I Am An Acquired Taste

acquired taste

My husband is one of those people with a million friends.  Everybody knows him, everybody loves him.  I am more of an acquired taste, like olives and blue cheese and Faulty Towers.  I know that there are more than a few people who don’t care for my blend of liberalism, feminism and sarcasm… and I am okay with that.

I have a core group of about half a dozen people who I know will be there for me ‘no matter what’ (and who know that I will walk through fire in my bare feet for them).  This base is enclosed in a slightly larger pod of  ‘wine and night out’ friends that I wouldn’t share my real weight with, but who can still be trusted to keep a secret.  After that, there is an outer layer of ‘social occasion’ friends that I run into at Christmas parties, kids birthdays and school events.  We talk mostly about weather, gardening, youth sports, and HBO series.  I like them (because at my age, I refuse to even have a conversation with someone I don’t inherently find interesting) but I don’t confide in them, or share anything that I wouldn’t be comfortable writing on a blog (ha ha). 

I used to feel a bit inferior to my uber-popular hubby.  After all… numbers don’t lie.  If every person that enters his personal space leaves feeling like they have made a life long connection, I cannot help but feel inferior, knowing that I probably manage to offend at least 25% of the people who meet me.  I don’t mean to.  I just have a really low threshold for ‘stupid’ and it shows.  My husband could be seated beside Vladamir Putin and at the end of the dinner, Vlad would go home and add our family to his Christmas card list.  Me… put an idiot with a gas guzzling SUV and a wife named ‘Bambi’ beside me at an event and in 15 minutes he’s heading for the bathroom, never to return.  I don’t have to say a word.  According to my kids, I have a judgmental aura.  My ‘vibe’ will tell him he is an aging, impotent wannabe who will wind up alone in an old folks home while Bambi sucks his RRSPs dry… I have no idea how my aura will convey this message… but it will!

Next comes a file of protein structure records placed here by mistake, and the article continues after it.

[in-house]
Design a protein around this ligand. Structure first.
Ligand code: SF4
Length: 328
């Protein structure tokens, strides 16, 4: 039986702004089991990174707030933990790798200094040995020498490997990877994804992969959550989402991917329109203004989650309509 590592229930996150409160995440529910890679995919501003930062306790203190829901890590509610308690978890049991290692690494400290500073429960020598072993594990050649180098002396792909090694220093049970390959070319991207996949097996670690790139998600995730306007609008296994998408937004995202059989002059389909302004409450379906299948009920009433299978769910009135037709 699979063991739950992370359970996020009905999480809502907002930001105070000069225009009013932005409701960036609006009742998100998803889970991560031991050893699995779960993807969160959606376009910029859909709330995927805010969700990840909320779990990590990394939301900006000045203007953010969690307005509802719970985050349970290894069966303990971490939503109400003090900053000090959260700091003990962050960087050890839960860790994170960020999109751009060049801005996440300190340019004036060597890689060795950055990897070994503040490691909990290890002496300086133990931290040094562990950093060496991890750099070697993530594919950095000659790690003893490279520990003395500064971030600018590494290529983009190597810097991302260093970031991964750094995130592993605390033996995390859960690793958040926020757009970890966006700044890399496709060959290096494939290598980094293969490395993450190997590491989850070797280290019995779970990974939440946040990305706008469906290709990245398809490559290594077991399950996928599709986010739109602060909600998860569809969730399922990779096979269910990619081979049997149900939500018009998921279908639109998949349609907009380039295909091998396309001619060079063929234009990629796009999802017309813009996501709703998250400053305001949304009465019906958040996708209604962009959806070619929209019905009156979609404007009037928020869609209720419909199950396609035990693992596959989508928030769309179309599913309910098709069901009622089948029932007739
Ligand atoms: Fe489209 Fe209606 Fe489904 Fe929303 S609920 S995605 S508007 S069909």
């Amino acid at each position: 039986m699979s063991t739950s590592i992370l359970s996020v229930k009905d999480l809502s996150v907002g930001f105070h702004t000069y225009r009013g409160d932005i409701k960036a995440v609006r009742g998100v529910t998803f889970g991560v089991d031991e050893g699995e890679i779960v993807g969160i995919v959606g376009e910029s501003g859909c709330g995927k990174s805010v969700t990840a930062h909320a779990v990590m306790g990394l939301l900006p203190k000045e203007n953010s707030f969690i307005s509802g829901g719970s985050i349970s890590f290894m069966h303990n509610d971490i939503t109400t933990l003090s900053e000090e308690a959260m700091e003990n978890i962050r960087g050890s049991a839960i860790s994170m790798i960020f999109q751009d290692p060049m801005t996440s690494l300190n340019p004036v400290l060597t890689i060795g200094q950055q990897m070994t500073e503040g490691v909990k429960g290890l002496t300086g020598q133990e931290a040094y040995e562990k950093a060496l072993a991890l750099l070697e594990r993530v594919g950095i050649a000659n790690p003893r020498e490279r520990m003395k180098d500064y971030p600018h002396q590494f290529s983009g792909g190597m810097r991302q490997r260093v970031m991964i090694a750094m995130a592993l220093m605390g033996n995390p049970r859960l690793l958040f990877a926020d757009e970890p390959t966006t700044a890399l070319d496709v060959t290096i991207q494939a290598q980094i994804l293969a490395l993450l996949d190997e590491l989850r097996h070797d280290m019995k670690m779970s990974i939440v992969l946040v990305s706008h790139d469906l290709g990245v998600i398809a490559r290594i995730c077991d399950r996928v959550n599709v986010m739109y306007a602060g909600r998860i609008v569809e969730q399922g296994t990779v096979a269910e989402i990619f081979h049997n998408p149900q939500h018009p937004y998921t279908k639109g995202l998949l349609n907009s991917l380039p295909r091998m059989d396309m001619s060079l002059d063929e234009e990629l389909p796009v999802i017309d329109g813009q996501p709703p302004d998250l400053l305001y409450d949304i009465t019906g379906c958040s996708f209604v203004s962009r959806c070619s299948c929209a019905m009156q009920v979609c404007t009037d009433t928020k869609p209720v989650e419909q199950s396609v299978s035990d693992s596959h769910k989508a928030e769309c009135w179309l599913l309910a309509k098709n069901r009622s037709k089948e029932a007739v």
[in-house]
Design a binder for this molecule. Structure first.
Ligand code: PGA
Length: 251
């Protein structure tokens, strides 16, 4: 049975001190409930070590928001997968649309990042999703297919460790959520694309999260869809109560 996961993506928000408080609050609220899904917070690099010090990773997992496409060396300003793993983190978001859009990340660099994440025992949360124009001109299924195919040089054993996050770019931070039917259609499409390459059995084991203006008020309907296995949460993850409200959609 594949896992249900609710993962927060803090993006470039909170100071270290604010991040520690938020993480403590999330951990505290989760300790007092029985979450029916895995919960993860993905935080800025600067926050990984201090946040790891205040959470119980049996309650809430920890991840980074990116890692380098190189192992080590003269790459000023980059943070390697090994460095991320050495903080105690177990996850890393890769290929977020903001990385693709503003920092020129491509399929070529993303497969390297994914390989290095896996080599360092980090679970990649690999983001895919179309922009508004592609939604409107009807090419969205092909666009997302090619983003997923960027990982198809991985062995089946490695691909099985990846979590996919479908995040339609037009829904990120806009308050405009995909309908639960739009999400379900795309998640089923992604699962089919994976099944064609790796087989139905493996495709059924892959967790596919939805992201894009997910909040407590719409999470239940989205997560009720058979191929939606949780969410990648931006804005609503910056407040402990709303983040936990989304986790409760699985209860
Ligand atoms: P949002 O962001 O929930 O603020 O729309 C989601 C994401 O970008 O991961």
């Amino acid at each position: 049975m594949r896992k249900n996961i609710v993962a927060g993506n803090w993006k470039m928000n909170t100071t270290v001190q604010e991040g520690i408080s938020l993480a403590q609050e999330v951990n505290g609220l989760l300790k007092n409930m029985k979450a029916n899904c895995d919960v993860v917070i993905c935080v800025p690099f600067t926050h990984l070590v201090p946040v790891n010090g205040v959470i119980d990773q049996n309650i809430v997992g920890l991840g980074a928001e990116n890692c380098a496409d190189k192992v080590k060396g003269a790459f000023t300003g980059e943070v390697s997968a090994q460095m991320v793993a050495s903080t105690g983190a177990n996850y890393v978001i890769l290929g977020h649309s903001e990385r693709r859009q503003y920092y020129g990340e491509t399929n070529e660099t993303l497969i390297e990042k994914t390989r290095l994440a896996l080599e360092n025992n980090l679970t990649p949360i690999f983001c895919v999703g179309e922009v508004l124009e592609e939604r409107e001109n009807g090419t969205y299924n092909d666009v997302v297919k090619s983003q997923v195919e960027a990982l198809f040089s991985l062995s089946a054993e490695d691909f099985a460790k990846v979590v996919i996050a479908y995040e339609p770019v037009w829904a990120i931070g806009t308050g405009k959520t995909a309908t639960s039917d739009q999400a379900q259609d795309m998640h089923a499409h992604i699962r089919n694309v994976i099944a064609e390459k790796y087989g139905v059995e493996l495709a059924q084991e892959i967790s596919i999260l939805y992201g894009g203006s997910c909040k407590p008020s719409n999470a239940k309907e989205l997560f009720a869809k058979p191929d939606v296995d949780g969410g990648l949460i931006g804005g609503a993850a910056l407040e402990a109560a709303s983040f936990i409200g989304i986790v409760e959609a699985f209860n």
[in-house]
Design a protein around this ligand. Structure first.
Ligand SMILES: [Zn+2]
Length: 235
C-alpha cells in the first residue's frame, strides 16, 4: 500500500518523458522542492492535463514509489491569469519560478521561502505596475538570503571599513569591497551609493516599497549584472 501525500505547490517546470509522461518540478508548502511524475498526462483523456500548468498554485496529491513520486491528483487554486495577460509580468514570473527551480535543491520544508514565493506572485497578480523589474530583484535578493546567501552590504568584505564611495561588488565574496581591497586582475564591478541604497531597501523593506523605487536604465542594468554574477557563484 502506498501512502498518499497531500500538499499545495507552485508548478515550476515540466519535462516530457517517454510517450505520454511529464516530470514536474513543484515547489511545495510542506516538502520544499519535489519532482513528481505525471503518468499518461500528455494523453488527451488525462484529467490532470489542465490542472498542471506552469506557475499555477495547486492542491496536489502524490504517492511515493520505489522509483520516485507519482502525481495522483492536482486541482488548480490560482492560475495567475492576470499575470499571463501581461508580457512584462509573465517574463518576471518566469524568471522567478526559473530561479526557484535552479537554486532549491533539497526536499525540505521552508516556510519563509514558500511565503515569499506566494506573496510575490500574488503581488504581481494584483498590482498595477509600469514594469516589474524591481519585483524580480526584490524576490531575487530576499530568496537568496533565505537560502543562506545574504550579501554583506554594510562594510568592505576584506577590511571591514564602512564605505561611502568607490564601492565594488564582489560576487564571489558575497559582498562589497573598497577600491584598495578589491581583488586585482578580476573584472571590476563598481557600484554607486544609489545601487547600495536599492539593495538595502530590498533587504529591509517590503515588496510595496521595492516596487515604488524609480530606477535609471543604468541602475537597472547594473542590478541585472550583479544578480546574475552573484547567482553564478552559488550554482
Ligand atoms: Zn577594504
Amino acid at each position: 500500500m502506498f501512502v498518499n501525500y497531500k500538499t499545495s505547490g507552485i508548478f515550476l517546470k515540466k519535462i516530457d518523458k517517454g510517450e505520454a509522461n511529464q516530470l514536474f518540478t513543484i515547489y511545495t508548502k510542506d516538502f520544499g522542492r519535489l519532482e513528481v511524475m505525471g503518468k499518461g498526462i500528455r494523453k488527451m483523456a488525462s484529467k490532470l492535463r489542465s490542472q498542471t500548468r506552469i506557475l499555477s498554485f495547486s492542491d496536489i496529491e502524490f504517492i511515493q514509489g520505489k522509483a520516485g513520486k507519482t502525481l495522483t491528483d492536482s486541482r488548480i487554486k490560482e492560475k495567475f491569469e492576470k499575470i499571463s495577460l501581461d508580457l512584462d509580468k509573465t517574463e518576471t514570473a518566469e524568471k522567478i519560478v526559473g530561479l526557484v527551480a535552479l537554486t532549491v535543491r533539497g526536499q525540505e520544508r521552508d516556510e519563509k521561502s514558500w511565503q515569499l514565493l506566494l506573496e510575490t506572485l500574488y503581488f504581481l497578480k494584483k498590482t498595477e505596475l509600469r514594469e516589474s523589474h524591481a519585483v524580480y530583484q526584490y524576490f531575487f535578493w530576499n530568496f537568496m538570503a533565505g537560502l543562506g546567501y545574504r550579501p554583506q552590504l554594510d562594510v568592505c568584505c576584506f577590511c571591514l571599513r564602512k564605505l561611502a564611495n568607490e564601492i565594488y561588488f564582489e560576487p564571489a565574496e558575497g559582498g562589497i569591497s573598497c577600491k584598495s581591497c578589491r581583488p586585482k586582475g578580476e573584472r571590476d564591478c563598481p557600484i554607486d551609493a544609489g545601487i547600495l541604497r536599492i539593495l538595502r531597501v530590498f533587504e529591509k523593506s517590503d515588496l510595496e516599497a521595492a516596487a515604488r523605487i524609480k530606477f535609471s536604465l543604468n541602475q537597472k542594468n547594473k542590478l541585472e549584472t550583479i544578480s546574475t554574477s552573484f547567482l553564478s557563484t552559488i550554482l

I used to stress about this.  It’s part of being a Type A.  We want to be the best at everything, including socializing.  It bothered me that I wasn’t a ‘tier one’ choice when it came time to choose invitees for the next dinner party.  It pissed me off that my husband was out-friending me… leaving me to eat his dust in the popularity contest that is middle-class life.

Then we got Buster the schnauzer.  He is a purebred.  His lineage is impeccable.  He also pees on my hostas and licks his private parts under the table while we are eating dinner and he could care less about public opinion.  But you know what?  He is a great friend to those who take the time to get to know him.  Sure, he’s gonna be a little overwhelming at first; jump on you a bit; bark when you move too quickly.  But he has a good heart.  And those willing to persevere will find themselves enveloped in his schnauzer love.  He has a core group of good friends who love him ‘no matter what’ and a slightly larger pod of ‘treat and walk’ pals that bring treats when they visit and are flattered by his desire to sniff their butt at the front door.  And after that he has an outer layer of ‘I won’t bite them’ pals that he is willing to grant entry into our house, although they may have to tolerate a bit of jumping (don’t wear easily ripped fabrics).